Game Date: 5th March 2020
Game Number: 46
Price for Two: £46/£40 Peak/Off Peak
You are in the Wizarding section of the local library. You notice a book you’ve never seen before. Drawn to it, you start to thumb through the dusty pages of the book…
The next thing you know you wake up in an enchanted forest! After walking for what seems like hours, and encountering many strange creatures along the way, you find yourselves at a house made of gingerbread and sweets. Should you enter the house or stay away? Will your sweet tooth get the better of you? Can you escape the trap laid out for you, before the witch returns to eat you?
Arrival and Introduction
We went straight from out first game of the day into this one after a brief wait to make sure our game was in fact ready. We were led away by a different GM, Becca and she gave us our brief outside of the room. This room had been on my list of games to play for a while so I was very excited to see what Breakout had managed to achieve. The room is based around the Grimm fairy tale of Hansel and Gretel.
A split start that for once actually fits within the game the story of being trapper inside the gingerbread house. The room looked small but very well decorated and themed. It was definitely a busy room with lots of things around on the walls and floor. Not one to be a fan of split starts, I actually quite enjoyed this one, mainly because we managed to reunite fairly quickly – I could see this being a sticking point for some teams which might be frustrating. Given the amount of paraphernalia around the room, there was a lot of searching and working out what is going to be a puzzle and what is not. Searching has never been our strong point so we were surprised when there was only one thing in the game we missed (it took 3 clues to find and we are still kicking ourselves now!). Much of the rest of the puzzles consisted of observation and logic, which tied in really well with the story line.
There were some great puzzles within the room that I have seen variations off in other rooms but Breakout executed them to a better level. The room had moments of openness and moments of being more linear – something which we as a team enjoyed. At points we could go off and focus on our own things but also we knew when we needed to focus on things together. One let down of the room was that we were told to find another exit rather than the door we entered in, but after completing the final puzzle the GM came into the room to congratulate us rather than us escaping from the room. I always prefer physical escaping room anyway, but after being told to find the exit, we would expect to exiting the room as part of the game.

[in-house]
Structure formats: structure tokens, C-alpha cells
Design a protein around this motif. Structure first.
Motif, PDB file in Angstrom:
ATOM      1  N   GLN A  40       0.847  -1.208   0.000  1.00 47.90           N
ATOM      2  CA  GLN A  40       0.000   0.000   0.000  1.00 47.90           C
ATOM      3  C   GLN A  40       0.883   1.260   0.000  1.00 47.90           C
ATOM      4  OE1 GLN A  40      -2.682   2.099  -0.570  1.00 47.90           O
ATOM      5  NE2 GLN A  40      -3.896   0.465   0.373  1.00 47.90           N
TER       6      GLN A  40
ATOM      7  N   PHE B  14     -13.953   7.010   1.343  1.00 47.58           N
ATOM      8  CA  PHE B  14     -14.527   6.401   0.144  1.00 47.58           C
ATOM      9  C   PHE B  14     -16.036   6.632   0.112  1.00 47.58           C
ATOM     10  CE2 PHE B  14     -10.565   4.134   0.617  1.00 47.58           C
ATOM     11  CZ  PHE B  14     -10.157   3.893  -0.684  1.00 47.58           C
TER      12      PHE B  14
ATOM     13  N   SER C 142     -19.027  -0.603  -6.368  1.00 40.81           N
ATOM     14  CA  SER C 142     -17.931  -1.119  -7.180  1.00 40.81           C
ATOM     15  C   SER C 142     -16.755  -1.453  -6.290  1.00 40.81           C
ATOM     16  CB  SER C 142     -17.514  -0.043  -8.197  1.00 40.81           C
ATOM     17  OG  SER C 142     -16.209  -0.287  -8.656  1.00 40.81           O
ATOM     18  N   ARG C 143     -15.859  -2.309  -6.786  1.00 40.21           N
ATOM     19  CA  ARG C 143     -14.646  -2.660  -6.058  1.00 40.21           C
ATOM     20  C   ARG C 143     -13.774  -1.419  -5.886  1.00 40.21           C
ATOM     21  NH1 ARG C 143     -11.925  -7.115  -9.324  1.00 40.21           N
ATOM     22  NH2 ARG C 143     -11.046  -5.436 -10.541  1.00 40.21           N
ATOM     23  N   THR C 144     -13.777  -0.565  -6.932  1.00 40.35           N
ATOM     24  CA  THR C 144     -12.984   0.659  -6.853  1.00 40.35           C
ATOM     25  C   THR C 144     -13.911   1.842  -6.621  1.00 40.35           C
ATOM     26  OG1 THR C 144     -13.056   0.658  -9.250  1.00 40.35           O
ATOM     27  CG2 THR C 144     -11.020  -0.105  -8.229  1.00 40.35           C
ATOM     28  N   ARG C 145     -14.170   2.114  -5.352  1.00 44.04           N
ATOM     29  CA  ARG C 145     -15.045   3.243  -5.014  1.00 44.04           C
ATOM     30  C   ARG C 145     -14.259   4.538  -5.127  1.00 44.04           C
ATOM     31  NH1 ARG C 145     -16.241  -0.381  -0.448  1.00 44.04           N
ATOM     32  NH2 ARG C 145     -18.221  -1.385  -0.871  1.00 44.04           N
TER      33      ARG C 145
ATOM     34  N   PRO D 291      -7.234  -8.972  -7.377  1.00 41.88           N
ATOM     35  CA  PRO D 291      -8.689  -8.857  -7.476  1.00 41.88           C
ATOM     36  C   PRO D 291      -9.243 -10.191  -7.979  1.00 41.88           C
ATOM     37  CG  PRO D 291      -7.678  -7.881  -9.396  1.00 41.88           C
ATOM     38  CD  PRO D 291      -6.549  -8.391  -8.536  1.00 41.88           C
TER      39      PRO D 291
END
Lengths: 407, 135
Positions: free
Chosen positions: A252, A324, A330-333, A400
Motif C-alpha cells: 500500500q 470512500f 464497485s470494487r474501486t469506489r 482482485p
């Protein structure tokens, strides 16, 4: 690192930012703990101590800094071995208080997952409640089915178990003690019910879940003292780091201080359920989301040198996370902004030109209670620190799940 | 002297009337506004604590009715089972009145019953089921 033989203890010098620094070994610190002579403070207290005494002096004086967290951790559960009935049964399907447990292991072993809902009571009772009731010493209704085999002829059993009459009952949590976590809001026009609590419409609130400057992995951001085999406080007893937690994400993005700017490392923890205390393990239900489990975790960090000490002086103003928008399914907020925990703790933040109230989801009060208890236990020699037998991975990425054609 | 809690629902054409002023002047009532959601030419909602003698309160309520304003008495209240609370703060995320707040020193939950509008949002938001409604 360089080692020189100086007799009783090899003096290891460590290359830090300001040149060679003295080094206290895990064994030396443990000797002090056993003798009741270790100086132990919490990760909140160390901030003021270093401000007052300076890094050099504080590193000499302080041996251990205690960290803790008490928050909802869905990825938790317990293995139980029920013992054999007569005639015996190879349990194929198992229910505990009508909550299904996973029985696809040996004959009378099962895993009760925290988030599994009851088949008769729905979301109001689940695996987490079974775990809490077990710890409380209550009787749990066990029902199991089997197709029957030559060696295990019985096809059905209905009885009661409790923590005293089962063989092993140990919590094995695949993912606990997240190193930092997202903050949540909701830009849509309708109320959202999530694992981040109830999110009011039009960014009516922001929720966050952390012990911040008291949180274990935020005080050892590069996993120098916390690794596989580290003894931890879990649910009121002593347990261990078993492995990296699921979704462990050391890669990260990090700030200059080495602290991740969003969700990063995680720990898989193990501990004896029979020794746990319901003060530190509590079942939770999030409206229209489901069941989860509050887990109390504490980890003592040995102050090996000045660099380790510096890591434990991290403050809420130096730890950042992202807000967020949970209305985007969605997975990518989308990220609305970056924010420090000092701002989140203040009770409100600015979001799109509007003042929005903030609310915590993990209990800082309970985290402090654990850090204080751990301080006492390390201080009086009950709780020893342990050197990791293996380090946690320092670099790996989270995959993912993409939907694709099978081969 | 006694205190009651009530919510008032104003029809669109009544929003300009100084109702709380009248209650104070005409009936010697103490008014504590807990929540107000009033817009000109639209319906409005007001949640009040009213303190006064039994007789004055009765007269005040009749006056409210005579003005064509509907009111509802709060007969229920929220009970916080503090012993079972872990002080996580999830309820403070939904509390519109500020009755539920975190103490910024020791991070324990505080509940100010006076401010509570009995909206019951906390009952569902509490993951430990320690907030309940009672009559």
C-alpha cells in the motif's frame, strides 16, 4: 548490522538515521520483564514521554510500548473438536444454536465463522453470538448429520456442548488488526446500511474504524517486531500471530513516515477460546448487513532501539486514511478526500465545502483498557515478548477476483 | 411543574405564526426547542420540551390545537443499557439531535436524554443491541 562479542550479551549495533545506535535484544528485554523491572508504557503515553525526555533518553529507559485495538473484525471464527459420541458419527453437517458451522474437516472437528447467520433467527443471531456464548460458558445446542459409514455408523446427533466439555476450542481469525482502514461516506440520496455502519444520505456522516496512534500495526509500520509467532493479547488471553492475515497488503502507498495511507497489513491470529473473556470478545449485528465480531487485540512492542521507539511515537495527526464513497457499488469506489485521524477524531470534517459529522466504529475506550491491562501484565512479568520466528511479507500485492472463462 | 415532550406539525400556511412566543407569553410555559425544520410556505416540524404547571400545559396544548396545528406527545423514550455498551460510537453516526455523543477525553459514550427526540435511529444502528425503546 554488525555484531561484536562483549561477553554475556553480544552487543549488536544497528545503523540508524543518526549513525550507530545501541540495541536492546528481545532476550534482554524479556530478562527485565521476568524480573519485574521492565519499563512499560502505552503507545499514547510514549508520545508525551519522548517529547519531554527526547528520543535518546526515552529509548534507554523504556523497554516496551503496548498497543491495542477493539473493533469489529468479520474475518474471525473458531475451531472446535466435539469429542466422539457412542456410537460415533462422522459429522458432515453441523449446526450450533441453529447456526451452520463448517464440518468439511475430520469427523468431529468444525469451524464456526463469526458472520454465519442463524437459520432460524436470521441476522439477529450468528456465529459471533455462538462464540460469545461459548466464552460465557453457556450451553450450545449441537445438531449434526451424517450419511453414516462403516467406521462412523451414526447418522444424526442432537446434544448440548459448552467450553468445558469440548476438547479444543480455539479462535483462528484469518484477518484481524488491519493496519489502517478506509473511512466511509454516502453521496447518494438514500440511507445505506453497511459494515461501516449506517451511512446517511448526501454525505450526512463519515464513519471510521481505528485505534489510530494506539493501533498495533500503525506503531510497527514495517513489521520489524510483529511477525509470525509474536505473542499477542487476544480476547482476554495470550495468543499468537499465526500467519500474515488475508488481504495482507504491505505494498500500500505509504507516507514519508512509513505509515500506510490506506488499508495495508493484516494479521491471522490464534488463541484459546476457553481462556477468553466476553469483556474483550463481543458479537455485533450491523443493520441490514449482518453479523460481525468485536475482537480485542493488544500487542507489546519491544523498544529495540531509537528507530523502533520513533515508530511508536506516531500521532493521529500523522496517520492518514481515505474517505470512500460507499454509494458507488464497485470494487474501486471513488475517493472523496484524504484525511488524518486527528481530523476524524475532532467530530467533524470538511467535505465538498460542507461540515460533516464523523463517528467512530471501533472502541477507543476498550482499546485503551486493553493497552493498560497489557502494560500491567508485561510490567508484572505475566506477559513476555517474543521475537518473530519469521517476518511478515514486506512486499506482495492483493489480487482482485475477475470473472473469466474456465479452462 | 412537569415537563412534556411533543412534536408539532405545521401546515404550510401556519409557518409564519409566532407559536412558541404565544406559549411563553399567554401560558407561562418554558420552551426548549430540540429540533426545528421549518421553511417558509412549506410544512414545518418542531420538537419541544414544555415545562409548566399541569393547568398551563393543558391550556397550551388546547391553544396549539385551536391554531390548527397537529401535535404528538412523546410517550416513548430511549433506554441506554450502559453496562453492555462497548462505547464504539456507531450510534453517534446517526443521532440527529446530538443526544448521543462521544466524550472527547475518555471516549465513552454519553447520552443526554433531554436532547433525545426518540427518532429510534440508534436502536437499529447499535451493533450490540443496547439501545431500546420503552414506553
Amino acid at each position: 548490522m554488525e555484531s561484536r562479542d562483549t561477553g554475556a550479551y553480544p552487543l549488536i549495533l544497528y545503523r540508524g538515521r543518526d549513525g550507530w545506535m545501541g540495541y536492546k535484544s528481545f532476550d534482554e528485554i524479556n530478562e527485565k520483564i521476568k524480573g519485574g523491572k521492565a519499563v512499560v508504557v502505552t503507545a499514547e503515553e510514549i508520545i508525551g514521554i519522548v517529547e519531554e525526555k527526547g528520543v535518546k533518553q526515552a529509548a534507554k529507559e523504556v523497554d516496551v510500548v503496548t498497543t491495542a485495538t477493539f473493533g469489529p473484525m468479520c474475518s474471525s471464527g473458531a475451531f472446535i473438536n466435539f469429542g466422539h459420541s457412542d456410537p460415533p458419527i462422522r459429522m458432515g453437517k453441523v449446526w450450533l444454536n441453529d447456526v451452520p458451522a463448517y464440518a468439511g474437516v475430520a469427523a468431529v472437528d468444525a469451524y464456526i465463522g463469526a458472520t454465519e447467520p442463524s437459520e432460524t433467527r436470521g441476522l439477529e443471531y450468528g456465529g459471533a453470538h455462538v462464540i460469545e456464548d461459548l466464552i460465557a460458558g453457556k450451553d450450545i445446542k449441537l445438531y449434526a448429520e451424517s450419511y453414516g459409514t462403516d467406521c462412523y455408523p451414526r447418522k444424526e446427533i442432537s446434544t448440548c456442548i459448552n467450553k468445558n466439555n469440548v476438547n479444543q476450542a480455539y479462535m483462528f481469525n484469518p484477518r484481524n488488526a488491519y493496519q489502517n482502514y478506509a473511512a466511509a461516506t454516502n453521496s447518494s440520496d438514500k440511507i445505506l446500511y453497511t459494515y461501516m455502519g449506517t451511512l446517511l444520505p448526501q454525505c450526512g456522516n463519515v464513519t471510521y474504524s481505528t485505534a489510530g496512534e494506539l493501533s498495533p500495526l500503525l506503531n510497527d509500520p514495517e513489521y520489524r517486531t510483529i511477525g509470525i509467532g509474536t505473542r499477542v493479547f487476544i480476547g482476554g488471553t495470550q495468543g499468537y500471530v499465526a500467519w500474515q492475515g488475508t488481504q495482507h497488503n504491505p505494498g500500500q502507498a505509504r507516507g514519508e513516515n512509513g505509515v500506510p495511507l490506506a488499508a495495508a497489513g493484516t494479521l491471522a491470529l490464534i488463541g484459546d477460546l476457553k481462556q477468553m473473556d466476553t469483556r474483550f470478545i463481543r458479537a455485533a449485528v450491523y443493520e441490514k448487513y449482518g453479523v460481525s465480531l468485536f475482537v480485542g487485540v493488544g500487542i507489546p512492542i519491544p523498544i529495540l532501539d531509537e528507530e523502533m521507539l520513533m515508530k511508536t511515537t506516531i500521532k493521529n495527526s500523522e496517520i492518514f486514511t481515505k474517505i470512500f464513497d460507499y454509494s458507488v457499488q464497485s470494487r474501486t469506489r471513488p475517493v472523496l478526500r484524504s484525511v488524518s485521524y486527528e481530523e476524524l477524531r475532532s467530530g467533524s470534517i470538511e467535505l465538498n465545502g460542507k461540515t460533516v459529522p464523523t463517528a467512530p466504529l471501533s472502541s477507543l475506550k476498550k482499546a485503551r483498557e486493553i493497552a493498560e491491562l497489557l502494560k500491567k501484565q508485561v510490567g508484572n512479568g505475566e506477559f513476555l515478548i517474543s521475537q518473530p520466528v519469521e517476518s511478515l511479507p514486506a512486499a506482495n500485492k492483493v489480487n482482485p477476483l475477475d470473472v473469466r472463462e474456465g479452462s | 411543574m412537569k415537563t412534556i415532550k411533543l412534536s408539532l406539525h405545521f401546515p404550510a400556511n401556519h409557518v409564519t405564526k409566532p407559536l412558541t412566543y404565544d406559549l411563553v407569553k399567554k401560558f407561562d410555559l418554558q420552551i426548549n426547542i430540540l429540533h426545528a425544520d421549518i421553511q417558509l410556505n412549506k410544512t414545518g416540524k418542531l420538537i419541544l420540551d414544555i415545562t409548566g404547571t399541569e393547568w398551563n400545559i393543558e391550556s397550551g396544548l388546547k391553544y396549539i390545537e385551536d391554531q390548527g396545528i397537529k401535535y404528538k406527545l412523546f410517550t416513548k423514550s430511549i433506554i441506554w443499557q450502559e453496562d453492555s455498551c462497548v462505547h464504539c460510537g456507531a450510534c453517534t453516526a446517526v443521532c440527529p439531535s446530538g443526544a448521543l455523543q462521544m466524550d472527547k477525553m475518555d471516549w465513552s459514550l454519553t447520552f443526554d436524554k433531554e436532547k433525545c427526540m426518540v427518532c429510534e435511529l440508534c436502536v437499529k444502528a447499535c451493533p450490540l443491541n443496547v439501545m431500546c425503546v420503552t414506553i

We managed to escape with just under 21 minutes left on the clock. Once again, clues and time were displayed on a screen within the room. Although it does impact on immersion, I would always much rather have information displayed on a screen in the room rather than it not being there. We took a number of clues on a search fail and one more on a puzzle that we were approaching in the right direction but just needed an extra nudge. Becca was an enthusiastic GM, who gave us clues just before we started getting frustrated, and clearly wanted us to have the most enjoyable time possible.
Probably our favourite game we have played at Breakout Manchester. Well themed, good puzzles that tied pretty well within the story makes for a strong offering. Having played an early game of Breakout’s immediately before, you can really see the improvements that have been made in the design, build and puzzles within this new room. It is definitely on the small side, a full team of 6 would struggle so smaller is better for this one. We did not find it too difficult as a two so I would recommend sticking to pairs.
Customer Experience: 4 out of 5
Themeing: 4 out of 5
Gameplay: 4 out of 5
Enjoyment: 4 out of 5
Overall: 4 out of 5